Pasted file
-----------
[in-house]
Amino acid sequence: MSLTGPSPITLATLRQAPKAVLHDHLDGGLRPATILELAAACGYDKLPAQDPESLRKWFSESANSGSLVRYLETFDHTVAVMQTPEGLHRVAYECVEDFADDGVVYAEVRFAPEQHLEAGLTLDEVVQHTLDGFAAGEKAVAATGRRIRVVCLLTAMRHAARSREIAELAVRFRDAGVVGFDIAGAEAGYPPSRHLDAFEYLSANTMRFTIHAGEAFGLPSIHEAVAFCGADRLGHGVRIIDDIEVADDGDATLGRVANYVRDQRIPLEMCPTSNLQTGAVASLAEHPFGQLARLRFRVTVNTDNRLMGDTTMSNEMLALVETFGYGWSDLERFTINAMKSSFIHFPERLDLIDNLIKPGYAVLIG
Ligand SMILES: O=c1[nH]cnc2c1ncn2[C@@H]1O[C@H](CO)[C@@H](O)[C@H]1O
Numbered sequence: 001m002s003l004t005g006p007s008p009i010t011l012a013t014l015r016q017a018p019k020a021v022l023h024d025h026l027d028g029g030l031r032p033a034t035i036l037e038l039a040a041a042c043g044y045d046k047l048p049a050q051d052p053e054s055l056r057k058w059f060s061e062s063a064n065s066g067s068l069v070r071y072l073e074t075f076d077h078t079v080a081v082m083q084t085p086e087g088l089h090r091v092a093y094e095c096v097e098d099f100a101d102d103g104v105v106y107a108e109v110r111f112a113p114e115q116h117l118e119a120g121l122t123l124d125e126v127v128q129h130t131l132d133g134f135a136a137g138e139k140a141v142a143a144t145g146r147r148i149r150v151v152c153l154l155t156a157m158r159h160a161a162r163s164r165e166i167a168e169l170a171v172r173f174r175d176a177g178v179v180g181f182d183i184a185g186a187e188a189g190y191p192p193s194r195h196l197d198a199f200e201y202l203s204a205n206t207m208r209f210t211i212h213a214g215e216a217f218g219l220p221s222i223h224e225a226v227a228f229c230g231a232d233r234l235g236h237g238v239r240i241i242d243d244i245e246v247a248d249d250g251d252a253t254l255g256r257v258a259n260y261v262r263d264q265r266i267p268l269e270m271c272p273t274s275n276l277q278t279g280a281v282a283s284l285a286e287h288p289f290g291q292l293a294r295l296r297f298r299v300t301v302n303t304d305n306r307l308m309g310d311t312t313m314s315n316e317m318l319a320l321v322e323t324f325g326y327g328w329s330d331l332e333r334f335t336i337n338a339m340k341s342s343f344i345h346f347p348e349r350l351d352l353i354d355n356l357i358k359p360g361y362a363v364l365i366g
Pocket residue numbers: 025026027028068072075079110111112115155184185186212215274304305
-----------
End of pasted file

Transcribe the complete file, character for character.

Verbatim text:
[in-house]
Amino acid sequence: MSLTGPSPITLATLRQAPKAVLHDHLDGGLRPATILELAAACGYDKLPAQDPESLRKWFSESANSGSLVRYLETFDHTVAVMQTPEGLHRVAYECVEDFADDGVVYAEVRFAPEQHLEAGLTLDEVVQHTLDGFAAGEKAVAATGRRIRVVCLLTAMRHAARSREIAELAVRFRDAGVVGFDIAGAEAGYPPSRHLDAFEYLSANTMRFTIHAGEAFGLPSIHEAVAFCGADRLGHGVRIIDDIEVADDGDATLGRVANYVRDQRIPLEMCPTSNLQTGAVASLAEHPFGQLARLRFRVTVNTDNRLMGDTTMSNEMLALVETFGYGWSDLERFTINAMKSSFIHFPERLDLIDNLIKPGYAVLIG
Ligand SMILES: O=c1[nH]cnc2c1ncn2[C@@H]1O[C@H](CO)[C@@H](O)[C@H]1O
Numbered sequence: 001m002s003l004t005g006p007s008p009i010t011l012a013t014l015r016q017a018p019k020a021v022l023h024d025h026l027d028g029g030l031r032p033a034t035i036l037e038l039a040a041a042c043g044y045d046k047l048p049a050q051d052p053e054s055l056r057k058w059f060s061e062s063a064n065s066g067s068l069v070r071y072l073e074t075f076d077h078t079v080a081v082m083q084t085p086e087g088l089h090r091v092a093y094e095c096v097e098d099f100a101d102d103g104v105v106y107a108e109v110r111f112a113p114e115q116h117l118e119a120g121l122t123l124d125e126v127v128q129h130t131l132d133g134f135a136a137g138e139k140a141v142a143a144t145g146r147r148i149r150v151v152c153l154l155t156a157m158r159h160a161a162r163s164r165e166i167a168e169l170a171v172r173f174r175d176a177g178v179v180g181f182d183i184a185g186a187e188a189g190y191p192p193s194r195h196l197d198a199f200e201y202l203s204a205n206t207m208r209f210t211i212h213a214g215e216a217f218g219l220p221s222i223h224e225a226v227a228f229c230g231a232d233r234l235g236h237g238v239r240i241i242d243d244i245e246v247a248d249d250g251d252a253t254l255g256r257v258a259n260y261v262r263d264q265r266i267p268l269e270m271c272p273t274s275n276l277q278t279g280a281v282a283s284l285a286e287h288p289f290g291q292l293a294r295l296r297f298r299v300t301v302n303t304d305n306r307l308m309g310d311t312t313m314s315n316e317m318l319a320l321v322e323t324f325g326y327g328w329s330d331l332e333r334f335t336i337n338a339m340k341s342s343f344i345h346f347p348e349r350l351d352l353i354d355n356l357i358k359p360g361y362a363v364l365i366g
Pocket residue numbers: 025026027028068072075079110111112115155184185186212215274304305